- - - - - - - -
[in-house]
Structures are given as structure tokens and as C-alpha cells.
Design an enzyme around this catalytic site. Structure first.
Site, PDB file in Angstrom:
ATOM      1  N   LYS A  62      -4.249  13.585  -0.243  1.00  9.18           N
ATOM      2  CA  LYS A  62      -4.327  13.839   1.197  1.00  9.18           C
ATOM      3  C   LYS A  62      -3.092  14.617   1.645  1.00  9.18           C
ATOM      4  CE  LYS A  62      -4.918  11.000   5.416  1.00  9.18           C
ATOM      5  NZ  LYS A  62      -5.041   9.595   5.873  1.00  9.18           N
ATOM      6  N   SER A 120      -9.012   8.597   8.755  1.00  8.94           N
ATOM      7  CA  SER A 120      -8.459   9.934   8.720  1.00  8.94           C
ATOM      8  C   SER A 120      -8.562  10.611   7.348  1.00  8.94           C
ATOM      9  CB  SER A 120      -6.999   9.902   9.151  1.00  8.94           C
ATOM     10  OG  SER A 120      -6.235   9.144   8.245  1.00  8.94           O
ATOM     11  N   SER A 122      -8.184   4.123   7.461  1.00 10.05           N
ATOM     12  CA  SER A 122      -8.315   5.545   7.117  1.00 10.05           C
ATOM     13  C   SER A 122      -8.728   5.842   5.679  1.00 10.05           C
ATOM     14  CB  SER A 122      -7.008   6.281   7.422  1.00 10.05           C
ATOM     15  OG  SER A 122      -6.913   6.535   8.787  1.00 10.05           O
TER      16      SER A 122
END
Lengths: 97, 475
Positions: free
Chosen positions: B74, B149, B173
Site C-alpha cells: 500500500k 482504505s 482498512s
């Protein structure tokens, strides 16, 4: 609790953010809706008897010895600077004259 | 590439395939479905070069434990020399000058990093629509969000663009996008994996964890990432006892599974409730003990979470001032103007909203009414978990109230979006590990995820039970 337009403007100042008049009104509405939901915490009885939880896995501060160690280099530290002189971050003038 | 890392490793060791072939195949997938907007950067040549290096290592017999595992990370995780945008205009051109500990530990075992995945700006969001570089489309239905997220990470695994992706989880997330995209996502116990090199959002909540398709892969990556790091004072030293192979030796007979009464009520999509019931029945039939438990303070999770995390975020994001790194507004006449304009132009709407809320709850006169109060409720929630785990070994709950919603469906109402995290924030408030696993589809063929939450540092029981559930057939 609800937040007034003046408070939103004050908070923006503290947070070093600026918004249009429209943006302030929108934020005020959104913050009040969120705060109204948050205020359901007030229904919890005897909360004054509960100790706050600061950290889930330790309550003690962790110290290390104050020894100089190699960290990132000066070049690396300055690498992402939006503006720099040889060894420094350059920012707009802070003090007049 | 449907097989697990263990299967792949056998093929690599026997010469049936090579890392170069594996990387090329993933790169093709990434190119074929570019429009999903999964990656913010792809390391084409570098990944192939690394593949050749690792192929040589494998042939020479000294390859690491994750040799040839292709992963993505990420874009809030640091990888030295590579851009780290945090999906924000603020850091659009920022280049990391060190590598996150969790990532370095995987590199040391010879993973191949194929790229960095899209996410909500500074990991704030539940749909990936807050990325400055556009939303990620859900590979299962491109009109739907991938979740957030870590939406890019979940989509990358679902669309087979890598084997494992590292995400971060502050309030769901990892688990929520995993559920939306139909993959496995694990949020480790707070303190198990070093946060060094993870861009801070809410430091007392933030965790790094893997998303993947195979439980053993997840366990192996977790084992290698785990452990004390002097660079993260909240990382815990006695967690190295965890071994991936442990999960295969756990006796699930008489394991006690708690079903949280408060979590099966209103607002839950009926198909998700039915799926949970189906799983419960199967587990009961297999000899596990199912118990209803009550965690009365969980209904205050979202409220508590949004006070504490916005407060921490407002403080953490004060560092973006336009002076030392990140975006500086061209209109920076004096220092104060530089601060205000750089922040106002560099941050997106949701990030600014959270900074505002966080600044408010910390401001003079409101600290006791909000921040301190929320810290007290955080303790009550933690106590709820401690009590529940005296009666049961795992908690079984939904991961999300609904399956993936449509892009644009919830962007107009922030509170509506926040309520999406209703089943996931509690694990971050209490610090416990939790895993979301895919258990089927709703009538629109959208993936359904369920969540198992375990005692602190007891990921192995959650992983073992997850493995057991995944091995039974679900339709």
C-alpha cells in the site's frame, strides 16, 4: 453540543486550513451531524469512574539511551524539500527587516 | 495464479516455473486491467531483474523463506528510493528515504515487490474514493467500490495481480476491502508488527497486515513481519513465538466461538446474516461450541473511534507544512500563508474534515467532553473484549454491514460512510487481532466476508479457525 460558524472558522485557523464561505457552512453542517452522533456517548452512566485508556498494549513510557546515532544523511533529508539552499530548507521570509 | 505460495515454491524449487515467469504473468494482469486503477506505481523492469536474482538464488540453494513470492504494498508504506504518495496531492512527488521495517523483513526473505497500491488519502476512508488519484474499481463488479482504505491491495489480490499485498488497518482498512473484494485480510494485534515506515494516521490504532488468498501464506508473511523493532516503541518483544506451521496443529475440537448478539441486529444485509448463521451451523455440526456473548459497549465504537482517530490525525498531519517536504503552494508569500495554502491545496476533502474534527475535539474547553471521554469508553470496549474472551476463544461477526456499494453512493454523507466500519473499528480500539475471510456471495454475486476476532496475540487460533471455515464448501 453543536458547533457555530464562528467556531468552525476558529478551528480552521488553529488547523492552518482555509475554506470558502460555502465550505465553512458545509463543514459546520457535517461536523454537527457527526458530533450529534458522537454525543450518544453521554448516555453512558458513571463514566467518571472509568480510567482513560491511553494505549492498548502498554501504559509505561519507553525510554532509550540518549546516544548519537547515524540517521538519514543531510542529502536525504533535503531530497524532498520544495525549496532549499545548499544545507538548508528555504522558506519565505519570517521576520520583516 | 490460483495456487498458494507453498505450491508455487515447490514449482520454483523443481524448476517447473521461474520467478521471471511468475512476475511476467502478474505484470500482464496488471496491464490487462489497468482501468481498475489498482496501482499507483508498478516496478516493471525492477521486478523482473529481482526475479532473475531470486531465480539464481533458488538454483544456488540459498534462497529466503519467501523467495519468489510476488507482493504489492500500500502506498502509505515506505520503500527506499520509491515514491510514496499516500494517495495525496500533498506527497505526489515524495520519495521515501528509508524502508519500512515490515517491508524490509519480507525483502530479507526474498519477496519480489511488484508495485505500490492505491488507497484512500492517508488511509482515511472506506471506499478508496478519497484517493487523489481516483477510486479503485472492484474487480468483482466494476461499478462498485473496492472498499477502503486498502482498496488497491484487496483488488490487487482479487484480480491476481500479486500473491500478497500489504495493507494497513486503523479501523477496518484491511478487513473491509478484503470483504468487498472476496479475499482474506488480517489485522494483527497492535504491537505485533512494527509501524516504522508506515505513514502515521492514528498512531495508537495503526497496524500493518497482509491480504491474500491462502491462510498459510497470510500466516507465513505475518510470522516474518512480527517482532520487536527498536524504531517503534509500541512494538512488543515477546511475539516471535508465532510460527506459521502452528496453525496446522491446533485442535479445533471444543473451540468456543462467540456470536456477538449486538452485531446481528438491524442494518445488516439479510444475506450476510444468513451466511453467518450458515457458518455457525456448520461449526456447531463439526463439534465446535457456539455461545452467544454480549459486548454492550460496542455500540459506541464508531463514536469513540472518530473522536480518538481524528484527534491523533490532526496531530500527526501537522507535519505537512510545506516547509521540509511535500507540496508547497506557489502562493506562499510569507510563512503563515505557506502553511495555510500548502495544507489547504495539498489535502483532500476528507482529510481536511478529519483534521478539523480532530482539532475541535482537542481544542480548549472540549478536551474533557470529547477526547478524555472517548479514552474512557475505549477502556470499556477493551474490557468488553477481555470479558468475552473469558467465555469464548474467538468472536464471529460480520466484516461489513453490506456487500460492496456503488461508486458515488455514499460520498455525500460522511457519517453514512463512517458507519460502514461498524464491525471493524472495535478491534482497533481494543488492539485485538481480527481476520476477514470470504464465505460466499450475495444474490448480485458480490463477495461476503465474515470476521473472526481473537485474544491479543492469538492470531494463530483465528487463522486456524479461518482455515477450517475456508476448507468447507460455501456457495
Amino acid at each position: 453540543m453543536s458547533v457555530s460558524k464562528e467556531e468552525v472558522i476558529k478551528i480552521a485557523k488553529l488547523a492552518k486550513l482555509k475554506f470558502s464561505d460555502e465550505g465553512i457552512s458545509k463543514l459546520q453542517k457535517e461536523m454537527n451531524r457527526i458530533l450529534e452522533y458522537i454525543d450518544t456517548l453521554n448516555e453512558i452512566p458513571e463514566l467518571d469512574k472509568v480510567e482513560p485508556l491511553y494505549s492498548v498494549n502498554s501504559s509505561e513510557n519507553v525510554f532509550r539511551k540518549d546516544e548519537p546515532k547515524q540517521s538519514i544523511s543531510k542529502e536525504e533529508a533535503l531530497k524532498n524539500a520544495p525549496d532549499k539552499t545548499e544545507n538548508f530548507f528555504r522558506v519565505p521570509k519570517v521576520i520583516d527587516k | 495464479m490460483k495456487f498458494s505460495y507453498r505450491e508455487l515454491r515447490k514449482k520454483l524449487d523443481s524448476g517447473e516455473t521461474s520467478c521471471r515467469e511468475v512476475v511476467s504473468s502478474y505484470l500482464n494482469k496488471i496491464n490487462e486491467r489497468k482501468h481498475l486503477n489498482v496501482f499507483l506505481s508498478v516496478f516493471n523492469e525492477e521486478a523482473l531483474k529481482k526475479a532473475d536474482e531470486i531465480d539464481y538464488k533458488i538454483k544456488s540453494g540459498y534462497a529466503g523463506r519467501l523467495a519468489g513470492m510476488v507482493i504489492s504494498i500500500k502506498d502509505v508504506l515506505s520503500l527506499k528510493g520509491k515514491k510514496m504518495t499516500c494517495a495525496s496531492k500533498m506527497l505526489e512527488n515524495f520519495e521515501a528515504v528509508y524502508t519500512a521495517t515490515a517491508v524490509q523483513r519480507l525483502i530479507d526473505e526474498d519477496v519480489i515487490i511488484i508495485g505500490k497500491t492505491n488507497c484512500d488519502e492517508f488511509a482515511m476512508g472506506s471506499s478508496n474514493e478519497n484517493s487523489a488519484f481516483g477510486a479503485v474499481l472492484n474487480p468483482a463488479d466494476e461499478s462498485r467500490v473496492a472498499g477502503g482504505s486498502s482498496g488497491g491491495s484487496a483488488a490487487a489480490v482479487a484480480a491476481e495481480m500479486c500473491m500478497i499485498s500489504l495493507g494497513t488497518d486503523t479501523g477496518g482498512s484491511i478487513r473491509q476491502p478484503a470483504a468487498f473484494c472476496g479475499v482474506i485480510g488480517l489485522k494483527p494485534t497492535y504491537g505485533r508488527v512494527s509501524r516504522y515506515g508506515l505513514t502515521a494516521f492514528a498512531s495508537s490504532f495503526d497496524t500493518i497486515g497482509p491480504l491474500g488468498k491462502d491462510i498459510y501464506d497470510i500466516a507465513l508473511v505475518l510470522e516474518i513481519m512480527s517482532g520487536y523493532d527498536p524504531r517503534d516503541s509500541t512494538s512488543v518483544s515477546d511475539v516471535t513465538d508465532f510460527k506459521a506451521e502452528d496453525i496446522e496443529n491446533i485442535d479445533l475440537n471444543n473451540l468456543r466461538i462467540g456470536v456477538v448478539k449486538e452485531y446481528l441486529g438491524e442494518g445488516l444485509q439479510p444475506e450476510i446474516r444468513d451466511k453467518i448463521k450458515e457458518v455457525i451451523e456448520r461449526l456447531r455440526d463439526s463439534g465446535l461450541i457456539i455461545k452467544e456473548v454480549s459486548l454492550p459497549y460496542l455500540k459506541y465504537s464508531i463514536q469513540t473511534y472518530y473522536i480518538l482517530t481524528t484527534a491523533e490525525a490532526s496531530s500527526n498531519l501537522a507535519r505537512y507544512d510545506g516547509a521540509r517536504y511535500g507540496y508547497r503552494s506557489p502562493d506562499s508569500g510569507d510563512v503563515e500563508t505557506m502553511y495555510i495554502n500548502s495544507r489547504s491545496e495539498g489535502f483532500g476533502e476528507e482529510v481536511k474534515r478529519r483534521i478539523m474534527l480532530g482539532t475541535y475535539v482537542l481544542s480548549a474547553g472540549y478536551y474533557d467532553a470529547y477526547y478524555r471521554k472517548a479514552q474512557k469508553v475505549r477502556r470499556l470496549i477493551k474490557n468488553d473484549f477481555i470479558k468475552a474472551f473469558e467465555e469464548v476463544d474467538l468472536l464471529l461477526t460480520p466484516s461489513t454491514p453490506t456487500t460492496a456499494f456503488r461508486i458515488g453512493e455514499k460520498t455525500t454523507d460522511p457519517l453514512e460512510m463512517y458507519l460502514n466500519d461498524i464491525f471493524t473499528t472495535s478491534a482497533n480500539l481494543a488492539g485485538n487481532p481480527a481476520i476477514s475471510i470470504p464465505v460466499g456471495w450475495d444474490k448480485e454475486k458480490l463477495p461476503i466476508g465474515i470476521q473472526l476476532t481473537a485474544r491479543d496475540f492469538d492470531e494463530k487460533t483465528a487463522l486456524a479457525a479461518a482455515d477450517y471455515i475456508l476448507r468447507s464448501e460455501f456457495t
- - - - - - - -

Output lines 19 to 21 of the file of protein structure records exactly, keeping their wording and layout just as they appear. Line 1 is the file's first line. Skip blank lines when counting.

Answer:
ATOM     15  OG  SER A 122      -6.913   6.535   8.787  1.00 10.05           O
TER      16      SER A 122
END